Check out this handsome lady I found in the trail cam files this morning!
The critters much prefer the paths humans have cleared, including the trailed packed down by snow mobile-ers! This piebald seems to be the only deer that is visiting us regularly this winter, even though we’ve stopped putting food out this year, to raid our compost pile.
Yesterday, I decided it was time to crack open some of the hulless seed pumpkins. All the pumpkins and squash seem to have handled curing and storage pretty well. All the ones that were green or green striped have turned yellow and orange, with some of the hulless seed pumpkins turning more yellow with green, rather than green with yellow.
One type of hulless pumpkins (Styrian, I think. I’ve lost track!) have turned completely yellow and orange. So I decided to open up the two largest ones, first.
One of them was already being stored in the kitchen. It had a very hard shell and took some doing to break into!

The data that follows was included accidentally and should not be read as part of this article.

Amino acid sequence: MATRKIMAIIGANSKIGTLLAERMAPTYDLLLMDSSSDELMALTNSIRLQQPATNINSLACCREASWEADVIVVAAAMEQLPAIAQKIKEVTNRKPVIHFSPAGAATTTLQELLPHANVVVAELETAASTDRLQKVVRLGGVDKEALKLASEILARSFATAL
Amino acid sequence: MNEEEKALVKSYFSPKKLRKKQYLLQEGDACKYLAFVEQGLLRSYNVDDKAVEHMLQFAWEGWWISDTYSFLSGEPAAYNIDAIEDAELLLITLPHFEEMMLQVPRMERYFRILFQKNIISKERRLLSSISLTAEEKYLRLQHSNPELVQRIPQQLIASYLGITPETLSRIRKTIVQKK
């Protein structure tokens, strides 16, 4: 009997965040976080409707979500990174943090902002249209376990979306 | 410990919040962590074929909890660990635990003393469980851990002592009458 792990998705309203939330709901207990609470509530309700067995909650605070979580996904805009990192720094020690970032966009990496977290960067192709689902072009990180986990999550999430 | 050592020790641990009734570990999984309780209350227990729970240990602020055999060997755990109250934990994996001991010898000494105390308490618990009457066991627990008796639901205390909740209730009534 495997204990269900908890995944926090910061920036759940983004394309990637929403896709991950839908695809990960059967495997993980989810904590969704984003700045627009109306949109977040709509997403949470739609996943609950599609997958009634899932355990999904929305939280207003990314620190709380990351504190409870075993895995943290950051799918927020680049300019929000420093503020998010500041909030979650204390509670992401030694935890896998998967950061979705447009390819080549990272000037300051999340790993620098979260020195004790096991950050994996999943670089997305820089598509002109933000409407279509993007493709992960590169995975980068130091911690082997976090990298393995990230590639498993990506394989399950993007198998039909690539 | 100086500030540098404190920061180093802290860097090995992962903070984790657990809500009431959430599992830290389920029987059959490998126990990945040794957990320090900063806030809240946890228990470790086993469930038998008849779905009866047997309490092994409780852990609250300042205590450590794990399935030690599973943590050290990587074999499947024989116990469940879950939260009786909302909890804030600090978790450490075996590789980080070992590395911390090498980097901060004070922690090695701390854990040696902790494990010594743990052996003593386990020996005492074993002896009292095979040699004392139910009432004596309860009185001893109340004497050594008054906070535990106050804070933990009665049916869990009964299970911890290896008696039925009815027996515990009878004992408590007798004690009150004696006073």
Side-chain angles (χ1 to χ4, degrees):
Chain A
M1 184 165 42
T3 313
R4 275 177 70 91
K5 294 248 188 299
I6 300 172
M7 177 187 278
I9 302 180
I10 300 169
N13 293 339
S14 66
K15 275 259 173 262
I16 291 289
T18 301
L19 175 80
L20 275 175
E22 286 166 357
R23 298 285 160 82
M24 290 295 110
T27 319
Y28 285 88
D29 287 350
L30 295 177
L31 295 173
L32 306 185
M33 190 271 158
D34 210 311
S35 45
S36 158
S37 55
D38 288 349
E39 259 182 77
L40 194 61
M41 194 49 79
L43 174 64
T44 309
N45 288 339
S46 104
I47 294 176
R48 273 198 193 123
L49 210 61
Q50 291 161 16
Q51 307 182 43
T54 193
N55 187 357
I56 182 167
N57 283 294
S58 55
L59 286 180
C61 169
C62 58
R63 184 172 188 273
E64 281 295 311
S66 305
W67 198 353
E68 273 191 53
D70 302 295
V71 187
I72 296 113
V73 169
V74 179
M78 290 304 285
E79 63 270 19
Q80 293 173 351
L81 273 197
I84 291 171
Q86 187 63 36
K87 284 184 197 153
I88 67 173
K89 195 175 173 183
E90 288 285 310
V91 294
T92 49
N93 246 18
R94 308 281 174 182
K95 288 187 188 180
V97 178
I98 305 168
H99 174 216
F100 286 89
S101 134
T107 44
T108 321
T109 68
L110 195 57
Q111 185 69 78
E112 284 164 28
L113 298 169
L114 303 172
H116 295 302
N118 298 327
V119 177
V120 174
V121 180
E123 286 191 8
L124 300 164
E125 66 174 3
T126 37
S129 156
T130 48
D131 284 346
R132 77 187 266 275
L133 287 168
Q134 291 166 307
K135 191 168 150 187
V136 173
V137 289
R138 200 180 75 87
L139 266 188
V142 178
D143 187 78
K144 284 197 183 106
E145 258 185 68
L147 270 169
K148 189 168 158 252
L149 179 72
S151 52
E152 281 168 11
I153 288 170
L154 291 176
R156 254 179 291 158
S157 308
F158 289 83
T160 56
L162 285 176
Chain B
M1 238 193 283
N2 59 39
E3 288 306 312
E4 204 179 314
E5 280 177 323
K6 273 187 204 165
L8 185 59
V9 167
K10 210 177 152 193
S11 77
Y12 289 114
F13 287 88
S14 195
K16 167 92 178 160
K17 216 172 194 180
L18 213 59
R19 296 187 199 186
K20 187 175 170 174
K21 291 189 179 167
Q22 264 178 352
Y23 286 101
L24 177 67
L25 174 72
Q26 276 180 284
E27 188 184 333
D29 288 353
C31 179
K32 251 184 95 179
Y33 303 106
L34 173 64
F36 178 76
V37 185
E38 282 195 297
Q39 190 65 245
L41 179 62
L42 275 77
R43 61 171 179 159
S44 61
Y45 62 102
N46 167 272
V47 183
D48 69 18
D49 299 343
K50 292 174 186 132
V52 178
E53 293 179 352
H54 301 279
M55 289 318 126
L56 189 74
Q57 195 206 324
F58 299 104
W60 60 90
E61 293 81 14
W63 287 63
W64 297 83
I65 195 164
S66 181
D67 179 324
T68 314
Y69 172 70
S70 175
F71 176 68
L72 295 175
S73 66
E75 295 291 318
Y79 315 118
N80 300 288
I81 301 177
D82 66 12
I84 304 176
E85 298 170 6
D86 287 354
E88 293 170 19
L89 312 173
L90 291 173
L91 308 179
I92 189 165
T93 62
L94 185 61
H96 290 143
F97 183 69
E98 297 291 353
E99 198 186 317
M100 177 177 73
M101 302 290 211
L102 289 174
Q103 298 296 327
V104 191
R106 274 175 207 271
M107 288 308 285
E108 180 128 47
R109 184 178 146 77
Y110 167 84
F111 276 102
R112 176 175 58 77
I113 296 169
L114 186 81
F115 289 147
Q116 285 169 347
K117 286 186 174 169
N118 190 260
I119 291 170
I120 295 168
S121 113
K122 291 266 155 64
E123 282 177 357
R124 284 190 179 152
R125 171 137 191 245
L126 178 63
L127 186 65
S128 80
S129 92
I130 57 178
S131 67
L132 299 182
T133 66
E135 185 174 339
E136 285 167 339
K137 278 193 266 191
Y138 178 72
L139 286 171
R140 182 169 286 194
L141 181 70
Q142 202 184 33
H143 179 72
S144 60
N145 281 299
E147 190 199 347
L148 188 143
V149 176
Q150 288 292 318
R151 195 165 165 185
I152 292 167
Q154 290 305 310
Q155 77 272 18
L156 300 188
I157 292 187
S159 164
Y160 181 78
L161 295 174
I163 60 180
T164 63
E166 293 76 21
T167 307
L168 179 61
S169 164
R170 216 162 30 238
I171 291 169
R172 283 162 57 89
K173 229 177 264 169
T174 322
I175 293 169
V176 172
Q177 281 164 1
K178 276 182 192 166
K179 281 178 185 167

There were fewer seeds than I expected, but that might be just the variety. The seeds looked nice and plump at least. I did try one, and the tasted was… meh. I’m sure they’d be much better, roasted and salted. After taking the seeds out, this was all there was.
So I went and got another one, which was larger.
That one did not have as hard a shell on it and was much easier to cut into. Which I actually took as a bad sign.
It had plenty of seeds in them, but they were all flat. Which suggested the pumpkin was still too immature when it was harvested. Considering the growing conditions of last year, that’s not surprising. I left them out as long as I could. I did go back and check the rest, and some are softer than others, but I’ve left them for now.
I know these pumpkins are supposed to be edible, not just the seeds, but in the end, I cut them into smaller chunks and set them on the compost pile for our visiting deer and the birds.
Later on, I was going through seed sites (because I can’t help myself!) and checked out the descriptions for things I’d already bought from other companies, including the hulless seed pumpkins. A couple of them noted that, while the flesh is edible, it’s not really table worthy. One of them even said that they are good for livestock!
Can we count a deer as livestock? 😄
As of this morning, I could see that the pieces were knocked about in the snow, but were still there. Something at least tried to eat them!
One thought on “Hulless seed pumpkins, and treating the deer?”
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